At today's open meeting, the Federal Energy Regulatory Commission (FERC) adopted a new rule that may be particularly helpful for variable energy resources (wind and solar) that, in the past, have been hit with pricey imbalance penalties, and for the transmission providers who have struggled to integrate those resources. The new rule adopted today requires transmission providers to provide generators with the option of scheduling transmission service on 15-minute intervals, rather than the typical 60-minute interval. With the shorter scheduling interval, generators will be able to better mitigate imbalance penalties, and transmission providers should be able to maintain reserves that more closely match the variable generation that is expected to be online. The bottom line--cost savings!
FERC also issued a Notice of Proposed Rulemaking (NOPR) in which FERC proposes to revise its policies governing the sale of ancillary services at market-based rates. FERC also proposes to require transmission providers outside of organized markets (e.g. WECC) to take into account resource speed and accuracy in determining regulation and frequency response reserve requirements. That consideration may help to establish a stated need for fast-acting resources, such as certain energy storage technologies. The NOPR also suggests other regulatory changes that, in part, aim to provide energy storage technologies with better access to providing ancillary services.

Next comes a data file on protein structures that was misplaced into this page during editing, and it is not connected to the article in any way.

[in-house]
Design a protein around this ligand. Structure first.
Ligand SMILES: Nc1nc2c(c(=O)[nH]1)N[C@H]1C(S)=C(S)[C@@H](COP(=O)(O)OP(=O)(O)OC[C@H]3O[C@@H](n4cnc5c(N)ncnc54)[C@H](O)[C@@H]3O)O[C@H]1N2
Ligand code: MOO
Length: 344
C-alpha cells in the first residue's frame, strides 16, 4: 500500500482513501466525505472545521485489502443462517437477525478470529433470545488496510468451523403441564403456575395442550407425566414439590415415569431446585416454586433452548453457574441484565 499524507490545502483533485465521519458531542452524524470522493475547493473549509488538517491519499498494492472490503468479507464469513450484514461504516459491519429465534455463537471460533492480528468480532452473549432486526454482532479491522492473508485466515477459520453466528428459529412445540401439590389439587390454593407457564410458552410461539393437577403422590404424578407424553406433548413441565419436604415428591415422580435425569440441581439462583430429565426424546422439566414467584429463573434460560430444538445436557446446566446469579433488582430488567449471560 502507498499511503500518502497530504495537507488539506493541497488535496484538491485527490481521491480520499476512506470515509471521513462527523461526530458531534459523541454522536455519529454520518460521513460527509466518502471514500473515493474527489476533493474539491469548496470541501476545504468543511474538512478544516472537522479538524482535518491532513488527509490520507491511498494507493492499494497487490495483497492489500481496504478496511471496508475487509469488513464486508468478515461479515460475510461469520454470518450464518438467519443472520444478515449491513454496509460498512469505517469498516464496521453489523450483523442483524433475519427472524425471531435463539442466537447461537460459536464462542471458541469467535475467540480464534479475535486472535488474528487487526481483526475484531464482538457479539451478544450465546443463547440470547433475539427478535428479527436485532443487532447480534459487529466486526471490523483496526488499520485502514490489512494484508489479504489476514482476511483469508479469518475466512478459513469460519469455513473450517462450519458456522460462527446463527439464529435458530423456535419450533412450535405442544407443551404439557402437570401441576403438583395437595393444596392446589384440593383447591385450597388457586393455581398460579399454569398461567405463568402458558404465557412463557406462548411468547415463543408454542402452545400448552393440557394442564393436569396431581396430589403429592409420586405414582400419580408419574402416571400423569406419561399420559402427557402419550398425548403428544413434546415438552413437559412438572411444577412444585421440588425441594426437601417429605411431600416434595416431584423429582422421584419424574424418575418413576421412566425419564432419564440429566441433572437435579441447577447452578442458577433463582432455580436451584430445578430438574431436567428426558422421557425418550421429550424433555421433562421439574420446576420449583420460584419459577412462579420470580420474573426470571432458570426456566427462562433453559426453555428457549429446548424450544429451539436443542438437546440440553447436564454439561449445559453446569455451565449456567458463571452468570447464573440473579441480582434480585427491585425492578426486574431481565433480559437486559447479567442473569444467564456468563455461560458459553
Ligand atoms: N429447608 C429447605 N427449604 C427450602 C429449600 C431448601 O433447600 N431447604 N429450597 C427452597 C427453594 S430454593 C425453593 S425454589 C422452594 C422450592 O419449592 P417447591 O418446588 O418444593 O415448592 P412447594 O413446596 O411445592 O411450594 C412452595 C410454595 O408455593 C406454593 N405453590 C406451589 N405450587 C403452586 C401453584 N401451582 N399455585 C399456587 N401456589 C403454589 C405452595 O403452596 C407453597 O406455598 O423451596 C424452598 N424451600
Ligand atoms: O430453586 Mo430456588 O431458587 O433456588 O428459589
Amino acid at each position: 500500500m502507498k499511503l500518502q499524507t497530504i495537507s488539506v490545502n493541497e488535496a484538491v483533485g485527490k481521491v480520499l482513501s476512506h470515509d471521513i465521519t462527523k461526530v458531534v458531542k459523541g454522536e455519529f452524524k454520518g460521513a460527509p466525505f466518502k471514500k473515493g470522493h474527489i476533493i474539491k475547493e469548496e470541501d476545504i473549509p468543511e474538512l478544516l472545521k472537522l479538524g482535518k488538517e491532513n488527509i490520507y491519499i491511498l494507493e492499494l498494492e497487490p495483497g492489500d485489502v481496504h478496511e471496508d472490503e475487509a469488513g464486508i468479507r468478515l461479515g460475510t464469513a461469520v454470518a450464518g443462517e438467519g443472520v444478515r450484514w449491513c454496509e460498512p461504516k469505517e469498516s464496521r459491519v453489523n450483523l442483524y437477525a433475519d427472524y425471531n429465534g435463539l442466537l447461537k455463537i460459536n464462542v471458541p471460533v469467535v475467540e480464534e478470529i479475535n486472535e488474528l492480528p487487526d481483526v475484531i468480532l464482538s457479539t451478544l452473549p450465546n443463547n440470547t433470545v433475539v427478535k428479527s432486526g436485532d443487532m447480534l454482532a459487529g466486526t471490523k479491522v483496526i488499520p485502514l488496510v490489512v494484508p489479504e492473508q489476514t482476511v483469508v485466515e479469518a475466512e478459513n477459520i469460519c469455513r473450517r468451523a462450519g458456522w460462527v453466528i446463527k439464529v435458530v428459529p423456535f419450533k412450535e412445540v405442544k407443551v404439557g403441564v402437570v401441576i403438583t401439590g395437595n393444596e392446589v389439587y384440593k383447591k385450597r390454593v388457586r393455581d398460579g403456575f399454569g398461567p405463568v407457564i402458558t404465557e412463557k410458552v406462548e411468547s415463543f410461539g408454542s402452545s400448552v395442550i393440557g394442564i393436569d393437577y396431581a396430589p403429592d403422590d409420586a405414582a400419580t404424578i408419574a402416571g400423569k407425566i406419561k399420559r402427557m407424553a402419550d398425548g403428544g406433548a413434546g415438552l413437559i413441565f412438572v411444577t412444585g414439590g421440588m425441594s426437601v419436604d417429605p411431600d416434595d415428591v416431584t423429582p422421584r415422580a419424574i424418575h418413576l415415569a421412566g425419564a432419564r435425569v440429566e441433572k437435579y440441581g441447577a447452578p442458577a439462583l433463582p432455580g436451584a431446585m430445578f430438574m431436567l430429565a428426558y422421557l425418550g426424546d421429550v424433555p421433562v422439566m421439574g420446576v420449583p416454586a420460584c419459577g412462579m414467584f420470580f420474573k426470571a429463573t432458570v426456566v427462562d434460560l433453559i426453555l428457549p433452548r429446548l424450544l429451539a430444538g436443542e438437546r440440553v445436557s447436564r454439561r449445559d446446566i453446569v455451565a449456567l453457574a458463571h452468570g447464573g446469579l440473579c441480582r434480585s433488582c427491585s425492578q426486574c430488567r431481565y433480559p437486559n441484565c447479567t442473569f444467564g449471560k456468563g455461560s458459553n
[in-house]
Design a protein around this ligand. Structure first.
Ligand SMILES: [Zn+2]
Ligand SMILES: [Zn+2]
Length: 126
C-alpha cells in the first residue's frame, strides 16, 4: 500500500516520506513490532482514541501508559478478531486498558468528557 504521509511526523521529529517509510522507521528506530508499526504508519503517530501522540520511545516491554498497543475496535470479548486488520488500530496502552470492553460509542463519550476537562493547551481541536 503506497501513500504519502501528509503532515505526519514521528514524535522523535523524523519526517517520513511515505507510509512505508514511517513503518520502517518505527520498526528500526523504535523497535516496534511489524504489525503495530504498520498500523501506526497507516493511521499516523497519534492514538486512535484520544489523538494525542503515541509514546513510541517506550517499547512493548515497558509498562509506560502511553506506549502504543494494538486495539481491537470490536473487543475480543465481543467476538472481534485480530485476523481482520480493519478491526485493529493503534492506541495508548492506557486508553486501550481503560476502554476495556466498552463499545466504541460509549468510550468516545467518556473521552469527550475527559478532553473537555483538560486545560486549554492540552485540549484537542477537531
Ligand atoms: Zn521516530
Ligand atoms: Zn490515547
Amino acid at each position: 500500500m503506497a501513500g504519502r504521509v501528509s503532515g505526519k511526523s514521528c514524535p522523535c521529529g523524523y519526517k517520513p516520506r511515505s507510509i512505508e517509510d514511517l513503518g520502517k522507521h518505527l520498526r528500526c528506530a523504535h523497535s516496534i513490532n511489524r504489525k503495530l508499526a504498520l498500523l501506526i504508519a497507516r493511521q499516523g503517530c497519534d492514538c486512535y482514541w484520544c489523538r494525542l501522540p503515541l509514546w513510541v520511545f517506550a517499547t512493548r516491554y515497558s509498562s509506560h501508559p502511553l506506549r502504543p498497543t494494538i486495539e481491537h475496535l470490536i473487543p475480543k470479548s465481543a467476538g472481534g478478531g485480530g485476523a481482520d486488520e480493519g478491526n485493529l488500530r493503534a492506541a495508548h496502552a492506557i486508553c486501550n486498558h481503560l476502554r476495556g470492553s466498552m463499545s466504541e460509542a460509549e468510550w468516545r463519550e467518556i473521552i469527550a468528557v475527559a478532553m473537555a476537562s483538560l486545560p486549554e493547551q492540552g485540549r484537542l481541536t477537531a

We will soon issue full clients alerts on the results of today's open meeting at FERC. If you would like to receive an electronic copy of our Energy Law Alerts, please follow this link: Sign Up - Stoel Rives Energy Law Alerts
The Montana Supreme Court has reversed a December 2010 district court decision that found that the developers of the Montana-Alberta Tie Line merchant transmission project do not possess eminent domain authority under Montana law and therefore could not take private land from a nonconsenting landowner. In its reversal, the state Supreme Court cited House Bill 198 that passed during the 2011 Montana legislative session, which bill grants eminent domain authority to any person issued a certificate under the state's Major Facility Siting Act. The Supreme Court noted that because the legislation applies retroactively to persons issued a certificate after September 30, 2008, and the MATL developers received their certificate on October 22, 2008, HB 198 now expressly provides eminent authority to MATL's developers. The district court must now reconsider its earlier decision in light of HB 198.
On a related note, Concerned Citizens Montana is driving a citizens' referendum to repeal HB 198. If the petition receives enough signatures, Montana voters will decide HB 198's fate in 2012.